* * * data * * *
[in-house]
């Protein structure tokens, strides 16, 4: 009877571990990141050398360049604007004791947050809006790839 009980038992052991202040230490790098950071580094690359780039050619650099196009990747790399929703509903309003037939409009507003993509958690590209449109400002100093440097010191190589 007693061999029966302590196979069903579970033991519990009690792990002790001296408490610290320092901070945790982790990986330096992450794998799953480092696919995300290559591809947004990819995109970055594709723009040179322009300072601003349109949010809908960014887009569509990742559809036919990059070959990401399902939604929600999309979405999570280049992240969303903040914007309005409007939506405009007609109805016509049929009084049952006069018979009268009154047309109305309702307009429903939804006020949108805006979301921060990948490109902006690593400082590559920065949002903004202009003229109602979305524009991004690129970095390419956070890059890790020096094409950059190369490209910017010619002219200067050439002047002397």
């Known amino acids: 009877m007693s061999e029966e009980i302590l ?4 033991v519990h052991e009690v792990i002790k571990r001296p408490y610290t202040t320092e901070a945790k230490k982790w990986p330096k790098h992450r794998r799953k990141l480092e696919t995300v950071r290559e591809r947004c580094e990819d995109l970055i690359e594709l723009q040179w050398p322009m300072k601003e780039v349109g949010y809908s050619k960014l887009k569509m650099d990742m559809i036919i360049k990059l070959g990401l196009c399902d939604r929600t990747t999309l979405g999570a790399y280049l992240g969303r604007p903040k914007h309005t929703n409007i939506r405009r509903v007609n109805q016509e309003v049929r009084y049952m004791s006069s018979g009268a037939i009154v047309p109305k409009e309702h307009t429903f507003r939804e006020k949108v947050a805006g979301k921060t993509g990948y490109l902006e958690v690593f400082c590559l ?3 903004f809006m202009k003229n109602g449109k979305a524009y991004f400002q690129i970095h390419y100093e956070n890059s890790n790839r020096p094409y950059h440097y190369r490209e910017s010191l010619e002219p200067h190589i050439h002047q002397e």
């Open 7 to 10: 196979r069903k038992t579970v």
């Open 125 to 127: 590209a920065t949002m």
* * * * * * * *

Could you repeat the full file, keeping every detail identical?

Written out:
[in-house]
């Protein structure tokens, strides 16, 4: 009877571990990141050398360049604007004791947050809006790839 009980038992052991202040230490790098950071580094690359780039050619650099196009990747790399929703509903309003037939409009507003993509958690590209449109400002100093440097010191190589 007693061999029966302590196979069903579970033991519990009690792990002790001296408490610290320092901070945790982790990986330096992450794998799953480092696919995300290559591809947004990819995109970055594709723009040179322009300072601003349109949010809908960014887009569509990742559809036919990059070959990401399902939604929600999309979405999570280049992240969303903040914007309005409007939506405009007609109805016509049929009084049952006069018979009268009154047309109305309702307009429903939804006020949108805006979301921060990948490109902006690593400082590559920065949002903004202009003229109602979305524009991004690129970095390419956070890059890790020096094409950059190369490209910017010619002219200067050439002047002397």
């Known amino acids: 009877m007693s061999e029966e009980i302590l ?4 033991v519990h052991e009690v792990i002790k571990r001296p408490y610290t202040t320092e901070a945790k230490k982790w990986p330096k790098h992450r794998r799953k990141l480092e696919t995300v950071r290559e591809r947004c580094e990819d995109l970055i690359e594709l723009q040179w050398p322009m300072k601003e780039v349109g949010y809908s050619k960014l887009k569509m650099d990742m559809i036919i360049k990059l070959g990401l196009c399902d939604r929600t990747t999309l979405g999570a790399y280049l992240g969303r604007p903040k914007h309005t929703n409007i939506r405009r509903v007609n109805q016509e309003v049929r009084y049952m004791s006069s018979g009268a037939i009154v047309p109305k409009e309702h307009t429903f507003r939804e006020k949108v947050a805006g979301k921060t993509g990948y490109l902006e958690v690593f400082c590559l ?3 903004f809006m202009k003229n109602g449109k979305a524009y991004f400002q690129i970095h390419y100093e956070n890059s890790n790839r020096p094409y950059h440097y190369r490209e910017s010191l010619e002219p200067h190589i050439h002047q002397e």
């Open 7 to 10: 196979r069903k038992t579970v």
């Open 125 to 127: 590209a920065t949002m």